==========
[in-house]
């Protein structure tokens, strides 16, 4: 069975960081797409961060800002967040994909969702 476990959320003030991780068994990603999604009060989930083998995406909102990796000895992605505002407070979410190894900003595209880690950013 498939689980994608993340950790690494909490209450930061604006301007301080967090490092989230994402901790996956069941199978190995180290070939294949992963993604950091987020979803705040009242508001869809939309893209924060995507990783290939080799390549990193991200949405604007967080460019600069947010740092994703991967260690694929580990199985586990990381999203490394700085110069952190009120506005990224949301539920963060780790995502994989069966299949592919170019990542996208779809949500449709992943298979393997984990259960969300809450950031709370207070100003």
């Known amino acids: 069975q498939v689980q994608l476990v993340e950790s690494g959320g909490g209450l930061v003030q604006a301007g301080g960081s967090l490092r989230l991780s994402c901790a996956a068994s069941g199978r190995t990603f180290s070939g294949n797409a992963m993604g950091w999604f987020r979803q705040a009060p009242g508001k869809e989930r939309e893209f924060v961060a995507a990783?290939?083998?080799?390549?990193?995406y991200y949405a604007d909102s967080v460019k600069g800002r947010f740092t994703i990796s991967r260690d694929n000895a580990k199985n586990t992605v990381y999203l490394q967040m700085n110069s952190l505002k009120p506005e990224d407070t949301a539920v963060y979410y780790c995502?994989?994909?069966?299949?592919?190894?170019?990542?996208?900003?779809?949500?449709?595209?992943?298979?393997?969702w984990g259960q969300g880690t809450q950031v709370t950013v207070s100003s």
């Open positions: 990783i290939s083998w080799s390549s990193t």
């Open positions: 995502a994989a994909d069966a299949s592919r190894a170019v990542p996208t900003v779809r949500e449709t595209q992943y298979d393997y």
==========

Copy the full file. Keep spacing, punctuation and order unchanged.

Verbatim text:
[in-house]
């Protein structure tokens, strides 16, 4: 069975960081797409961060800002967040994909969702 476990959320003030991780068994990603999604009060989930083998995406909102990796000895992605505002407070979410190894900003595209880690950013 498939689980994608993340950790690494909490209450930061604006301007301080967090490092989230994402901790996956069941199978190995180290070939294949992963993604950091987020979803705040009242508001869809939309893209924060995507990783290939080799390549990193991200949405604007967080460019600069947010740092994703991967260690694929580990199985586990990381999203490394700085110069952190009120506005990224949301539920963060780790995502994989069966299949592919170019990542996208779809949500449709992943298979393997984990259960969300809450950031709370207070100003």
């Known amino acids: 069975q498939v689980q994608l476990v993340e950790s690494g959320g909490g209450l930061v003030q604006a301007g301080g960081s967090l490092r989230l991780s994402c901790a996956a068994s069941g199978r190995t990603f180290s070939g294949n797409a992963m993604g950091w999604f987020r979803q705040a009060p009242g508001k869809e989930r939309e893209f924060v961060a995507a990783?290939?083998?080799?390549?990193?995406y991200y949405a604007d909102s967080v460019k600069g800002r947010f740092t994703i990796s991967r260690d694929n000895a580990k199985n586990t992605v990381y999203l490394q967040m700085n110069s952190l505002k009120p506005e990224d407070t949301a539920v963060y979410y780790c995502?994989?994909?069966?299949?592919?190894?170019?990542?996208?900003?779809?949500?449709?595209?992943?298979?393997?969702w984990g259960q969300g880690t809450q950031v709370t950013v207070s100003s």
């Open positions: 990783i290939s083998w080799s390549s990193t």
């Open positions: 995502a994989a994909d069966a299949s592919r190894a170019v990542p996208t900003v779809r949500e449709t595209q992943y298979d393997y």